ارتباط تخلیه حافظه و آسیب پذیری در دستکاری حافظه
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ارتباط تخلیه حافظه و آسیب پذیری در دستکاری حافظه

عنوان فارسی مقاله: تخلیه حافظه ما را در برابر دستکاری حافظه آسیب پذیر می کند
عنوان انگلیسی مقاله: Offloading memory leaves us vulnerable to memory manipulation
مجله/کنفرانس: شناخت - Cognition
رشته های تحصیلی مرتبط: روانشناسی
گرایش های تحصیلی مرتبط: روانشناسی شناخت
کلمات کلیدی فارسی: حافظه، تخلیه شناختی، حافظه توزیع شده، حافظه نادرست
کلمات کلیدی انگلیسی: Memory، Cognitive offloading، Distributed memory، False memory
نوع نگارش مقاله: مقاله پژوهشی (Research Article)
نمایه: MedLine - Scopus - Master Journals List - JCR
شناسه دیجیتال (DOI): https://doi.org/10.1016/j.cognition.2019.04.023
دانشگاه: University of Waterloo, Canada
ناشر: الزویر - Elsevier
نوع ارائه مقاله: ژورنال
نوع مقاله: ISI
سال انتشار مقاله: 2019
ایمپکت فاکتور: 3/867 در سال 2018
شاخص H_index: 165 در سال 2019
شاخص SJR: 2/700 در سال 2018
شناسه ISSN: 0010-0277
شاخص Quartile (چارک): Q1 در سال 2018
فرمت مقاله انگلیسی: PDF
تعداد صفحات مقاله انگلیسی: 12
وضعیت ترجمه: ترجمه نشده است
قیمت مقاله انگلیسی: رایگان
آیا این مقاله بیس است: خیر
آیا این مقاله مدل مفهومی دارد: ندارد
آیا این مقاله پرسشنامه دارد: ندارد
آیا این مقاله متغیر دارد: ندارد
کد محصول: E12943
رفرنس: دارای رفرنس در داخل متن و انتهای مقاله
فهرست انگلیسی مطالب

Abstract


1- Introduction


2- Experiment 1


3- Experiment 2


4- Experiment 3


5- General discussion


References

نمونه متن انگلیسی مقاله

Abstract


We often offload memory demands onto external artefacts (e.g., smartphones). While this practice allows us to subvert the limitations of our biological memory, storing memories externally exposes them to manipulation. To examine the impact of such manipulation, we report three experiments, two of which were pre-registered. Individuals performed a memory task where they could offload to-be-recalled information to an external store and on a critical trial, we surreptitiously manipulated the information in that store. Results demonstrated that individuals rarely noticed this manipulation. In addition, when individuals had information inserted into their external memory stores, they often encoded it into their biological memory, thereby leading to the creation of a false memory. The reported results highlight one of the cognitive consequences of offloading our memory to external artefacts.


Introduction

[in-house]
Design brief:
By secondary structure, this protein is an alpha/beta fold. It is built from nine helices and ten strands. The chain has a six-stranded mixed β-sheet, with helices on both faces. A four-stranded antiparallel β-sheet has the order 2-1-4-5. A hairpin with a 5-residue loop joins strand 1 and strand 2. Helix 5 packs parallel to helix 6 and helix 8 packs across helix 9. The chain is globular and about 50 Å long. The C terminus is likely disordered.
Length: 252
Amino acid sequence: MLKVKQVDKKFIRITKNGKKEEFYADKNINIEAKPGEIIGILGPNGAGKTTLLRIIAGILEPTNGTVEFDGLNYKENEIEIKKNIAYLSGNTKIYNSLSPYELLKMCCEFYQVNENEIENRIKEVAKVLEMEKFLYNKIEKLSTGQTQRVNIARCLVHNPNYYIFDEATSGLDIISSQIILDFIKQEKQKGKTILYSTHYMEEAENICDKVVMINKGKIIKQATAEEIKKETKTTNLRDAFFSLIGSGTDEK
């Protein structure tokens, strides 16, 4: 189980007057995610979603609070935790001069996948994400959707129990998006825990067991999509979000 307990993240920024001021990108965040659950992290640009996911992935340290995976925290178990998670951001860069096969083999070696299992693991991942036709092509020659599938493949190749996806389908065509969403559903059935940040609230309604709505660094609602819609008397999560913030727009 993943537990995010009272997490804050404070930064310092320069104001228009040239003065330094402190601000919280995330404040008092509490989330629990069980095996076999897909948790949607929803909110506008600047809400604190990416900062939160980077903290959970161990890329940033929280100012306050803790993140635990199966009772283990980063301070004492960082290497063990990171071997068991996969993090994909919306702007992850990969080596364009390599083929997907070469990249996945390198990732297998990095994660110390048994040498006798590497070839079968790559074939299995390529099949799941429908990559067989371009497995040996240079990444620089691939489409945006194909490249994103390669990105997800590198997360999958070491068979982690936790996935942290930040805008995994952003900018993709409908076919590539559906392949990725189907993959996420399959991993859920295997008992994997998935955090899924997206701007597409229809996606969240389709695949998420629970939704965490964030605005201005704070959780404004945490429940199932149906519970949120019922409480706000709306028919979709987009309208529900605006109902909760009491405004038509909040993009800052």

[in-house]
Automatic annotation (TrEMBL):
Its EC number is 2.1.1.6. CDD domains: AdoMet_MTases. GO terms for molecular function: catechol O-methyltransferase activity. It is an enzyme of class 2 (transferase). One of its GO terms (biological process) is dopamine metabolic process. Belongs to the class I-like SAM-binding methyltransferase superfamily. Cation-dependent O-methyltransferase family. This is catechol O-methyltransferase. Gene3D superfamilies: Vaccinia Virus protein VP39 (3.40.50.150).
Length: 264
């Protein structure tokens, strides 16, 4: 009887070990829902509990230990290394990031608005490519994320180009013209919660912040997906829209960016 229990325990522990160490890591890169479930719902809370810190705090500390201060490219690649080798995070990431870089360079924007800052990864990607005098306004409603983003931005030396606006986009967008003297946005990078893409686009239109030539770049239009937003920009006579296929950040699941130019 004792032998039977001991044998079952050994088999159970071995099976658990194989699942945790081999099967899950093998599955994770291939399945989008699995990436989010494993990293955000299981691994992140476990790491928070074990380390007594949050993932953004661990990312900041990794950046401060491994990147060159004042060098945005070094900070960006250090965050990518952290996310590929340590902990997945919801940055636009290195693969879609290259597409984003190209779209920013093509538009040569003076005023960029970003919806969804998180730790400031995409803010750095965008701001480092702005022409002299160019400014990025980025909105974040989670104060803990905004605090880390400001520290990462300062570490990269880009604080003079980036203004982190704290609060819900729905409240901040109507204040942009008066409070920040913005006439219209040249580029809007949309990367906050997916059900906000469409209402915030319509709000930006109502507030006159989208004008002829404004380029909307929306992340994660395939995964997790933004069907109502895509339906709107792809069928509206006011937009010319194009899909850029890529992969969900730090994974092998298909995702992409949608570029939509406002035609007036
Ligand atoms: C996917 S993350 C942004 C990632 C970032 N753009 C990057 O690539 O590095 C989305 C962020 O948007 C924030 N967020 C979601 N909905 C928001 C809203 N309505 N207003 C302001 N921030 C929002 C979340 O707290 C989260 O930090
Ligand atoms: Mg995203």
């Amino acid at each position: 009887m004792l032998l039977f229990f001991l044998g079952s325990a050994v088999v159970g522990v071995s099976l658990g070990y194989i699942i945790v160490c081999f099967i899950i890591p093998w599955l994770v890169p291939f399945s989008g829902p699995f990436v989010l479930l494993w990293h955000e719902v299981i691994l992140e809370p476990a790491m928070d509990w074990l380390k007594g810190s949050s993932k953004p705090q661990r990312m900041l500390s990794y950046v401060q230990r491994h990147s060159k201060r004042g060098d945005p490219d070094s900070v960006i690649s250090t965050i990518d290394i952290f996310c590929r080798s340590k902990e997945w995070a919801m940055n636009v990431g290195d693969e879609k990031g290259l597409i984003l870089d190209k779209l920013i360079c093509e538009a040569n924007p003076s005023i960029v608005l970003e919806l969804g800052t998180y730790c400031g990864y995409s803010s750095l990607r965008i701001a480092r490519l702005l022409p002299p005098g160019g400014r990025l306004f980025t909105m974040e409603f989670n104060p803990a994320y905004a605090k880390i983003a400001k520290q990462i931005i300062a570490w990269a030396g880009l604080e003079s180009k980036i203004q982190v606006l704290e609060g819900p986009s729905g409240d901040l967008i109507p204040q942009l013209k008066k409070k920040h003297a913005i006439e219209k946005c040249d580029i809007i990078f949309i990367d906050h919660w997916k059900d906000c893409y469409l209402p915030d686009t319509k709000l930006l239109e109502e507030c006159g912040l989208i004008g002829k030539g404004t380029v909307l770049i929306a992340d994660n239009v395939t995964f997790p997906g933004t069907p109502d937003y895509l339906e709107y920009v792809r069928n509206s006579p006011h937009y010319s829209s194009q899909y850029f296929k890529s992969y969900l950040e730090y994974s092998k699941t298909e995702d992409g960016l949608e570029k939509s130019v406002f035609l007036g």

Humans have long sought to offload demands on their memory by using external artefacts (Clark, 2010a; Donald, 1991; Nestojko, Finley, & Roediger, 2013; Risko & Gilbert, 2016). Nevertheless, we lack a deep understanding of the principles governing this distributed form of remembering. The recent proliferation and increasing availability of mass storage devices presents our species with a remarkable opportunity to store large amounts of easily accessible information that is immune from the vicissitudes of our biological memory; however, offloading memory creates its own set of risks (Carr, 2008; Eskritt & Ma, 2014; Risko & Gilbert, 2016; Sparrow, Liu, & Wegner, 2011). One such risk is that offloading memory to an external location exposes it to manipulation by a third party (Clark, 2010b; Sterelny, 2004). For example, an agent could surreptitiously alter our “memory” by manipulating the information in our external memory stores. Understanding how individuals respond to this kind of manipulation would provide insight into how individuals manage the unique challenges presented by distributing memory demands over internal and external spaces (e.g., transactive memory systems; Arango-Muñoz, 2013; Ferguson, McLean, & Risko, 2015; Gilbert, 2015a, 2015b; Risko, Ferguson, & McLean, 2016; Risko & Dunn, 2015; Sparrow et al., 2011; Ward, 2013; Wegner, 1995; Sutton, Harris, Keil, & Barnier, 2010; Storm, Stone, & Benjamin, 2017). Provided the ubiquity of offloading as a means of remembering, understanding our susceptibility to external memory manipulation, the factors that modulate it, and the impact of such manipulation on our biological memory is needed. To this end, we report three experiments examining external memory manipulation using a novel paradigm. In the context of a distributed cognitive system, individuals face various challenges (Arango-Muñoz, 2013). This includes deciding whether to solve a cognitive problem relying on internal resources or external resources (or a mix of the two; i.e., the “selection” problem; Arango-Muñoz, 2013). Much recent work has focused on this aspect of cognitive offloading (i.e., how do we decide to offload to-be-remembered information rather than store it internally; Cherkaoui & Gilbert, 2017; Gilbert, 2015a, 2015b; Risko, Medimorec, Chisholm, & Kingstone, 2014; Risko & Dunn, 2015; Risko & Gilbert, 2016). In addition to deciding whether to rely on an external resource, individuals also have to decide whether to rely on or “endorse” the information provided by that external resource (i.e., the “endorsement” problem; Arango-Muñoz, 2013). For example, in a memory context, if an individual stores some to-be-remembered information in an external location, at the time of retrieval from that external store, the individual needs to endorse that information as the original to-be-remembered information. Previous research suggests that individuals may have great difficulty detecting manipulations of their external memory stores or, in other words, solving this endorsement problem.

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